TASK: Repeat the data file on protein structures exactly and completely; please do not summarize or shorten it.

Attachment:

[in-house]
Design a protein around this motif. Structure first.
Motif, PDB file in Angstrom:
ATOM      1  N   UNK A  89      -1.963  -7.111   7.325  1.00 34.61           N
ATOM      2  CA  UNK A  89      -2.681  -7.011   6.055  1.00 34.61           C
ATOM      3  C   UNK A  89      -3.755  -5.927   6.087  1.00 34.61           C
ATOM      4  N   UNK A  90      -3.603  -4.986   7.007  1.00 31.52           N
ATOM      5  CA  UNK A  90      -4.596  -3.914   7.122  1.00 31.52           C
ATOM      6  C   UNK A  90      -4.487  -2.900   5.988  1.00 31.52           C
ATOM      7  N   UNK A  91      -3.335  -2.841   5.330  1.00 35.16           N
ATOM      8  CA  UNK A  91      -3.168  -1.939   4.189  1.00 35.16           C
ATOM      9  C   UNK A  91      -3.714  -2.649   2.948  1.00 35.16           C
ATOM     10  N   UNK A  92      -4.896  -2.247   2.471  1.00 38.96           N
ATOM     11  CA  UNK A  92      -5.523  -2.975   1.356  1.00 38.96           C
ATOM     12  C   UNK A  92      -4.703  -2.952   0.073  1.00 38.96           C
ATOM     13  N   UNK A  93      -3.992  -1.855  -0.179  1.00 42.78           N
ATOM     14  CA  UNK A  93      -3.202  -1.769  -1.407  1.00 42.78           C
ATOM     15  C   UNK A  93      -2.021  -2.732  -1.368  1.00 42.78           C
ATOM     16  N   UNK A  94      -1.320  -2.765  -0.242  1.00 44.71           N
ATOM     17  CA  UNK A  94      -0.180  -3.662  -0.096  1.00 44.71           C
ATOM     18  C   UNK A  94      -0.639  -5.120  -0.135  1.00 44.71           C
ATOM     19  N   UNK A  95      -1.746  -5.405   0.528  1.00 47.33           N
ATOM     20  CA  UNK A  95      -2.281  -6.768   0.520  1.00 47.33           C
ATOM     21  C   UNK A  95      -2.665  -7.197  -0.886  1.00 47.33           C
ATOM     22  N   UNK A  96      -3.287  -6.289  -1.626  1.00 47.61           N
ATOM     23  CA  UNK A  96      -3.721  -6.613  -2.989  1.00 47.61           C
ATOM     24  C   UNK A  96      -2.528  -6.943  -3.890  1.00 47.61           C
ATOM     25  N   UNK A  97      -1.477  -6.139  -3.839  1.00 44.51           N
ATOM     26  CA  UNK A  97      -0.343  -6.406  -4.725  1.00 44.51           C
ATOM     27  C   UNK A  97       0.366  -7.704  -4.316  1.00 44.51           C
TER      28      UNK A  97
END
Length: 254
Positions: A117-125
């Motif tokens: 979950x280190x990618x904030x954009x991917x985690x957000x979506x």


[in-house]
Design a protein around this motif. Structure first.
Motif, PDB file in Angstrom:
ATOM      1  N   UNK A  89      -1.963  -7.111   7.325  1.00 34.61           N
ATOM      2  CA  UNK A  89      -2.681  -7.011   6.055  1.00 34.61           C
ATOM      3  C   UNK A  89      -3.755  -5.927   6.087  1.00 34.61           C
ATOM      4  N   UNK A  90      -3.603  -4.986   7.007  1.00 31.52           N
ATOM      5  CA  UNK A  90      -4.596  -3.914   7.122  1.00 31.52           C
ATOM      6  C   UNK A  90      -4.487  -2.900   5.988  1.00 31.52           C
ATOM      7  N   UNK A  91      -3.335  -2.841   5.330  1.00 35.16           N
ATOM      8  CA  UNK A  91      -3.168  -1.939   4.189  1.00 35.16           C
ATOM      9  C   UNK A  91      -3.714  -2.649   2.948  1.00 35.16           C
ATOM     10  N   UNK A  92      -4.896  -2.247   2.471  1.00 38.96           N
ATOM     11  CA  UNK A  92      -5.523  -2.975   1.356  1.00 38.96           C
ATOM     12  C   UNK A  92      -4.703  -2.952   0.073  1.00 38.96           C
ATOM     13  N   UNK A  93      -3.992  -1.855  -0.179  1.00 42.78           N
ATOM     14  CA  UNK A  93      -3.202  -1.769  -1.407  1.00 42.78           C
ATOM     15  C   UNK A  93      -2.021  -2.732  -1.368  1.00 42.78           C
ATOM     16  N   UNK A  94      -1.320  -2.765  -0.242  1.00 44.71           N
ATOM     17  CA  UNK A  94      -0.180  -3.662  -0.096  1.00 44.71           C
ATOM     18  C   UNK A  94      -0.639  -5.120  -0.135  1.00 44.71           C
ATOM     19  N   UNK A  95      -1.746  -5.405   0.528  1.00 47.33           N
ATOM     20  CA  UNK A  95      -2.281  -6.768   0.520  1.00 47.33           C
ATOM     21  C   UNK A  95      -2.665  -7.197  -0.886  1.00 47.33           C
ATOM     22  N   UNK A  96      -3.287  -6.289  -1.626  1.00 47.61           N
ATOM     23  CA  UNK A  96      -3.721  -6.613  -2.989  1.00 47.61           C
ATOM     24  C   UNK A  96      -2.528  -6.943  -3.890  1.00 47.61           C
ATOM     25  N   UNK A  97      -1.477  -6.139  -3.839  1.00 44.51           N
ATOM     26  CA  UNK A  97      -0.343  -6.406  -4.725  1.00 44.51           C
ATOM     27  C   UNK A  97       0.366  -7.704  -4.316  1.00 44.51           C
TER      28      UNK A  97
END
Length: 254
Positions: A117-125
């Motif tokens: 979950x280190x990618x904030x954009x991917x985690x957000x979506x």